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Presence,what is it

Discussion in 'Amps [BG]' started by bassmachine2112, Jan 13, 2014.

  1. bassmachine2112

    bassmachine2112

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    hiho,I,ve got an old bass head-Selmer treble n bass and a few pre amp pedals and they have a control called presence.
    Here,s the question-what is it and how does it work,cause I like it a lot.
    maybe it has other names on other equipment.
    Hope this isn,t a silly question
  2. B-string

    B-string Supporting Member

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    Not a silly question but it only can be fully explained by the equipment maker. "Generally" it is a broad band midrange control.
  3. bkbirge

    bkbirge Supporting Member

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    Disclosures:
    Endorsing Artist: Steak n Shake
    On bass it's going to be boosting roughly 4khz or thereabouts *or* it will be a mid cut control (between 300hz and 2khz). It's so common for bassplayers to scoop the mids that it's almost a cliche. I think there's one plugin maker that even labels an EQ preset "Every bass player does this" and it just scoops out the mids.
  4. BassmanPaul

    BassmanPaul Gold Supporting Member

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    I'm my experience with tube amps, it's a control that alters the feedback loop and provides a high frequency boost. That said, as Mr B opines, it really depends on the implementation that a particular manufacturer decides upon.

    I don't remember the TB50 having a Presence control. Then again I haven't seen one in over forty years. <sigh> If only I could just be grumpy instead of being old with it! :scowl:
  5. MrDOS

    MrDOS Gold Supporting Member

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  6. Blankandson

    Blankandson

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    Does the Selmer have push-buttons or dials? I had the 1965 Selmer Zodiac Twin 50 Mark II which had five buttons. One said 'presence' and it just added a bit of sparkle to my guitars mid-neck. The Zodiac was only for guitar.
  7. MethodsofDance

    MethodsofDance

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    On my old "Soundking" practice amp it was slang for "more crackle".
  8. Steve Dallman

    Steve Dallman Supporting Member

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    The presence in the Selmer decouples the negative feedback in the higher frequencies. Negative feedback takes a bit of signal from the output tubes and feeds it back into the phase inverter but it is out of phase with the signal. It tightens response and lowers distortion. It also improves headroom although it does drop volume some. By decoupling the high end, the highs are removed from the negative feedback loop and are heard as louder and more raw.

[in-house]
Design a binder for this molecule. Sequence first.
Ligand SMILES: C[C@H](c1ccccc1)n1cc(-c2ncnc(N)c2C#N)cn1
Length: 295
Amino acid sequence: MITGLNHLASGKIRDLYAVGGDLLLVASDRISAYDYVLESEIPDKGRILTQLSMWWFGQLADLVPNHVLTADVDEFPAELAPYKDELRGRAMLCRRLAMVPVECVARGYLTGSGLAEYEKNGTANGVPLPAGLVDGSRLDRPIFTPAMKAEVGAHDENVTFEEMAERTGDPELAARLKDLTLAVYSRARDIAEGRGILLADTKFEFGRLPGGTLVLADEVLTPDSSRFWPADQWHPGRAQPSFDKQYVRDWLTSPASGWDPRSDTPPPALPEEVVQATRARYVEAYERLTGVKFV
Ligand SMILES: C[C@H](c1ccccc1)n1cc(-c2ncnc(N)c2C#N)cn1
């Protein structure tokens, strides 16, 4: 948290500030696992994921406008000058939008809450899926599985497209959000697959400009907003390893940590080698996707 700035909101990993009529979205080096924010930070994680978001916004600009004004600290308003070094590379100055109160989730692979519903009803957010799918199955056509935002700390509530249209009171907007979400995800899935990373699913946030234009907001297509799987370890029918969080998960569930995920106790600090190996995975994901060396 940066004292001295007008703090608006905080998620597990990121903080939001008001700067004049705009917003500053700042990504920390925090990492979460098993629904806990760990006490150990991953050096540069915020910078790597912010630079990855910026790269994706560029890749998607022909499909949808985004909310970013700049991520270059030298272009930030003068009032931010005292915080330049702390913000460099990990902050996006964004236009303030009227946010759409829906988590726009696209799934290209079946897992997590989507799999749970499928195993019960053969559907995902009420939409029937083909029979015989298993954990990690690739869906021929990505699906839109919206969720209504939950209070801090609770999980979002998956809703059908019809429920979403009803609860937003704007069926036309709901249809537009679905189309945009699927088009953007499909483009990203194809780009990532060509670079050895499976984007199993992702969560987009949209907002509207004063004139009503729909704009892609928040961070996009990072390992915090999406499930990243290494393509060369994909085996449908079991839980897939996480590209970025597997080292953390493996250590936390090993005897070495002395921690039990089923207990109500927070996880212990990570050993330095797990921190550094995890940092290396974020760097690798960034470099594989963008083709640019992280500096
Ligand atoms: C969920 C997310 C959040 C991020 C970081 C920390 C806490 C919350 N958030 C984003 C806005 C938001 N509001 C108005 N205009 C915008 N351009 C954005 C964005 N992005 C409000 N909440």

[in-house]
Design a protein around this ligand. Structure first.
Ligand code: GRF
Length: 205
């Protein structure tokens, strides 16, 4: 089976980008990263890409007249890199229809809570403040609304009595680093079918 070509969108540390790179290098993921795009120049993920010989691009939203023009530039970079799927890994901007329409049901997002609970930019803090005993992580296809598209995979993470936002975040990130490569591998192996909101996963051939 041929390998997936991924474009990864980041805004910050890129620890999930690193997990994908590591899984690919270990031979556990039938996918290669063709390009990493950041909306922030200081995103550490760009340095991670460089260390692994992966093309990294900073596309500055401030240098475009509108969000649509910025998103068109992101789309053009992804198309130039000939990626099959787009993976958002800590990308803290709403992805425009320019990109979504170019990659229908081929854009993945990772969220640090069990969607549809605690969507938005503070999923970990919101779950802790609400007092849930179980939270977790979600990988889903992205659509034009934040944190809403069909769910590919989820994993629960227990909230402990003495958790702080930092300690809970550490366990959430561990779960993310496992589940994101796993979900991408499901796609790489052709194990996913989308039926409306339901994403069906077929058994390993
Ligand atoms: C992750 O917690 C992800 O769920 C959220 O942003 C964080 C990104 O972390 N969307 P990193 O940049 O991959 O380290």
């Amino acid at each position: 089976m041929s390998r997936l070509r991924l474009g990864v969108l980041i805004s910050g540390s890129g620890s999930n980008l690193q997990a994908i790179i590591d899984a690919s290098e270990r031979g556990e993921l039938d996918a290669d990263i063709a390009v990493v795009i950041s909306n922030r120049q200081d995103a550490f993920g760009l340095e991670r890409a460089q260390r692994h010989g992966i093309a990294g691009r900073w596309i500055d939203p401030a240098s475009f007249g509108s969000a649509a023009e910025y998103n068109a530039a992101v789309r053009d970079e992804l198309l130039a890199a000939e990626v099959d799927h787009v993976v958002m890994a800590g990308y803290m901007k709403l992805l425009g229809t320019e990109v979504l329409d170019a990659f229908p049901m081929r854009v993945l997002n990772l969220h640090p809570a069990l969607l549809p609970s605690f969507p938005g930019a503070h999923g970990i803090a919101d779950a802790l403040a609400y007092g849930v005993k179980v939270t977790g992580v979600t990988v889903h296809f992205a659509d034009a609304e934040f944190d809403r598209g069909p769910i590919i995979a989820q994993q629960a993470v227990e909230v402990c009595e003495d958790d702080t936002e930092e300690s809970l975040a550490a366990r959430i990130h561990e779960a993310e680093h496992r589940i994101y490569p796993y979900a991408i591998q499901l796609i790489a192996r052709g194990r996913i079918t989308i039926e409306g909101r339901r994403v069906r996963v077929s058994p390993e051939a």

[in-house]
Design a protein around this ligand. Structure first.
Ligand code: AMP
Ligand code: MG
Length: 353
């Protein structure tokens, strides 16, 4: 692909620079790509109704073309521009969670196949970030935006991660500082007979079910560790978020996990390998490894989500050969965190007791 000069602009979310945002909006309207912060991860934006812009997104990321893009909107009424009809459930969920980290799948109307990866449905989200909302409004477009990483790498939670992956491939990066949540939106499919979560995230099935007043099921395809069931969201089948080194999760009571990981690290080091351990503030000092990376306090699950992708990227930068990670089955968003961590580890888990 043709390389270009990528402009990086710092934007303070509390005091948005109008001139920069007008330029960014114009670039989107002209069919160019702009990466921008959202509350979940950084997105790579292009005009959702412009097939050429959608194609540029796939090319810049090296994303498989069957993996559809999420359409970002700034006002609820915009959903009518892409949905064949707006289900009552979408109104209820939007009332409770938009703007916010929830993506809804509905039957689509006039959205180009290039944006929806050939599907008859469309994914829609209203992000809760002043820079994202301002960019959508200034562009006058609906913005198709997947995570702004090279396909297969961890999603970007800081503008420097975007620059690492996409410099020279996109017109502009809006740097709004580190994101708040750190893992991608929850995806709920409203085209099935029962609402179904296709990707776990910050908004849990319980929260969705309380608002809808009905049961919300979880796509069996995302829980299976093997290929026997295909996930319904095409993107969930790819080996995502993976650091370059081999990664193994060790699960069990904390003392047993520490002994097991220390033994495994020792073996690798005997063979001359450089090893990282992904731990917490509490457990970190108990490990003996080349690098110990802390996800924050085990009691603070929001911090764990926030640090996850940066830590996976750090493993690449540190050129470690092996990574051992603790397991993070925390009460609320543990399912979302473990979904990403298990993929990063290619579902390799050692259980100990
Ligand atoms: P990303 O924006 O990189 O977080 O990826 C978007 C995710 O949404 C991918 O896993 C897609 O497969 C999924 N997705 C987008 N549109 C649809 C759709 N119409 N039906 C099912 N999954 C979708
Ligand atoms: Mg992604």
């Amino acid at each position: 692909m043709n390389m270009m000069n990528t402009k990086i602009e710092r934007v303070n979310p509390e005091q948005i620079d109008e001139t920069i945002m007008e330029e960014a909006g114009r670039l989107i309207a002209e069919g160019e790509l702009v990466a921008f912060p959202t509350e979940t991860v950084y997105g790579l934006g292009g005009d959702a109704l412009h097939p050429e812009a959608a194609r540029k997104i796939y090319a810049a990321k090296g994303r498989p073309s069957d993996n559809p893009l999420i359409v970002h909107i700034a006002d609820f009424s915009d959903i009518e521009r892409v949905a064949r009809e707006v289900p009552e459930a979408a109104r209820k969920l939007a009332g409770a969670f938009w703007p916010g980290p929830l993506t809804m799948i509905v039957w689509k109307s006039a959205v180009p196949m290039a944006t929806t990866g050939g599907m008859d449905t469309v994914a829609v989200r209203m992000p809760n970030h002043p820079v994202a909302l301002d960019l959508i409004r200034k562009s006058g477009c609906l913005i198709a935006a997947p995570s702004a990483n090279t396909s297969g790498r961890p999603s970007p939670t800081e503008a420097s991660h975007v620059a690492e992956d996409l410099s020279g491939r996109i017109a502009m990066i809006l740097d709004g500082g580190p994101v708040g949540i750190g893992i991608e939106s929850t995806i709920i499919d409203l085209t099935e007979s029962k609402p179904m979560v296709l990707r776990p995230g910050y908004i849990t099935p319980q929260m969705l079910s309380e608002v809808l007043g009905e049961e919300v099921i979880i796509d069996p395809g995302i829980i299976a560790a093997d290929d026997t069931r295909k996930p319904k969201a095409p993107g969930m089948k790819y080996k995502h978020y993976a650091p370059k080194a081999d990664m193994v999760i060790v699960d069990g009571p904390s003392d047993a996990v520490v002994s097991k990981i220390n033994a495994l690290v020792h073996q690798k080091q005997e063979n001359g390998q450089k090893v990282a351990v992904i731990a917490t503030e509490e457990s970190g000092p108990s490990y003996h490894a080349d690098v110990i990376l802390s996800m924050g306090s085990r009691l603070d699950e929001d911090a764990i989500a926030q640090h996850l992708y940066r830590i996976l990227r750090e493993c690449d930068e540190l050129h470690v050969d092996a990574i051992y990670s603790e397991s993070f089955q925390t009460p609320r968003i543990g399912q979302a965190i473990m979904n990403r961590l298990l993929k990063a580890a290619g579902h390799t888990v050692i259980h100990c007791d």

The effect is like a treble control that is voiced higher than the treble control with a little different quality.
  9. gpx1200

    gpx1200

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    the manual for my gk rb700II lists the presence controle as +9db@10k and decribes it as adding sparkle to the tone
  10. Doug Parent

    Doug Parent Gold Supporting Member

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    I thought 10K was fairy dust and 6k was sparkle. oh well.

    presence = shelving boost above 4khz seems to be the average.
  11. Hamlet7768

    Hamlet7768 Here to chew gum and rock. Still have gum. Supporting Member

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    Definitely hoped the thread was going to be about this.
  12. T-Bird

    T-Bird

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    Hi.

    That's what my experience about the Marshall tube amp and the clones is as well.

    I do prefer the presence control over the high control as well. At least in Marshall tone stack.

    OTOH there's no standard, so as has been said earlier, the manufacturer can label whatever they feel that adds "presence" to the signal presence.

    Regards
    Sam
  13. B-string

    B-string Supporting Member

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    Presence is the opposite of absence. :)
  14. webmonster

    webmonster

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    Is it a 1970's Treble n Bass like this one?
    [​IMG]

    I've got one of these. The presence comes across as a 'higher treble' control.
    Using it for bass I tend to have the presence at 1/2 way, for guitar (12 string Ric) presence at 3/4.

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